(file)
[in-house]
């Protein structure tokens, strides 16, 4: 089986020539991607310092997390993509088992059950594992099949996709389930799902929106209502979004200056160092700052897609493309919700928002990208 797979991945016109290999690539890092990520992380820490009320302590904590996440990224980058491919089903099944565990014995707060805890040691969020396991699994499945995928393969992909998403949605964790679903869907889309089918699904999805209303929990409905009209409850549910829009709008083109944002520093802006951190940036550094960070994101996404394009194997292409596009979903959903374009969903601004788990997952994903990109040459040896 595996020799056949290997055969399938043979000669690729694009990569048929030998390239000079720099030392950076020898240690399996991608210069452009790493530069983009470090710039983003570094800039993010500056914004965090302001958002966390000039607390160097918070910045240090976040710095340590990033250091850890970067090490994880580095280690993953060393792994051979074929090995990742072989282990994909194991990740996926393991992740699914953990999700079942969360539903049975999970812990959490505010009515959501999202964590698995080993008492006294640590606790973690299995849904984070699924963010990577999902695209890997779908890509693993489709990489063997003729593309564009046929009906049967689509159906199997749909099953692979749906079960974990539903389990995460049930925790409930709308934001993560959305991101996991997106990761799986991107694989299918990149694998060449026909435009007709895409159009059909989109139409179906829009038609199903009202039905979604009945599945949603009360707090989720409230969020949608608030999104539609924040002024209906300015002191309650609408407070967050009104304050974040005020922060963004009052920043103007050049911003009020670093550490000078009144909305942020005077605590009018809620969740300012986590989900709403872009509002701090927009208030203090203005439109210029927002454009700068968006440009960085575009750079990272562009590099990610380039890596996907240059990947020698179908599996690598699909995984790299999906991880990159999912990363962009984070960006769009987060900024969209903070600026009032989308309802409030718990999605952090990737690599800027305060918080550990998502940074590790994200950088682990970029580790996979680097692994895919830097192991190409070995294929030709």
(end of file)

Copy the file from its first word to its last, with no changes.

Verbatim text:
[in-house]
């Protein structure tokens, strides 16, 4: 089986020539991607310092997390993509088992059950594992099949996709389930799902929106209502979004200056160092700052897609493309919700928002990208 797979991945016109290999690539890092990520992380820490009320302590904590996440990224980058491919089903099944565990014995707060805890040691969020396991699994499945995928393969992909998403949605964790679903869907889309089918699904999805209303929990409905009209409850549910829009709008083109944002520093802006951190940036550094960070994101996404394009194997292409596009979903959903374009969903601004788990997952994903990109040459040896 595996020799056949290997055969399938043979000669690729694009990569048929030998390239000079720099030392950076020898240690399996991608210069452009790493530069983009470090710039983003570094800039993010500056914004965090302001958002966390000039607390160097918070910045240090976040710095340590990033250091850890970067090490994880580095280690993953060393792994051979074929090995990742072989282990994909194991990740996926393991992740699914953990999700079942969360539903049975999970812990959490505010009515959501999202964590698995080993008492006294640590606790973690299995849904984070699924963010990577999902695209890997779908890509693993489709990489063997003729593309564009046929009906049967689509159906199997749909099953692979749906079960974990539903389990995460049930925790409930709308934001993560959305991101996991997106990761799986991107694989299918990149694998060449026909435009007709895409159009059909989109139409179906829009038609199903009202039905979604009945599945949603009360707090989720409230969020949608608030999104539609924040002024209906300015002191309650609408407070967050009104304050974040005020922060963004009052920043103007050049911003009020670093550490000078009144909305942020005077605590009018809620969740300012986590989900709403872009509002701090927009208030203090203005439109210029927002454009700068968006440009960085575009750079990272562009590099990610380039890596996907240059990947020698179908599996690598699909995984790299999906991880990159999912990363962009984070960006769009987060900024969209903070600026009032989308309802409030718990999605952090990737690599800027305060918080550990998502940074590790994200950088682990970029580790996979680097692994895919830097192991190409070995294929030709």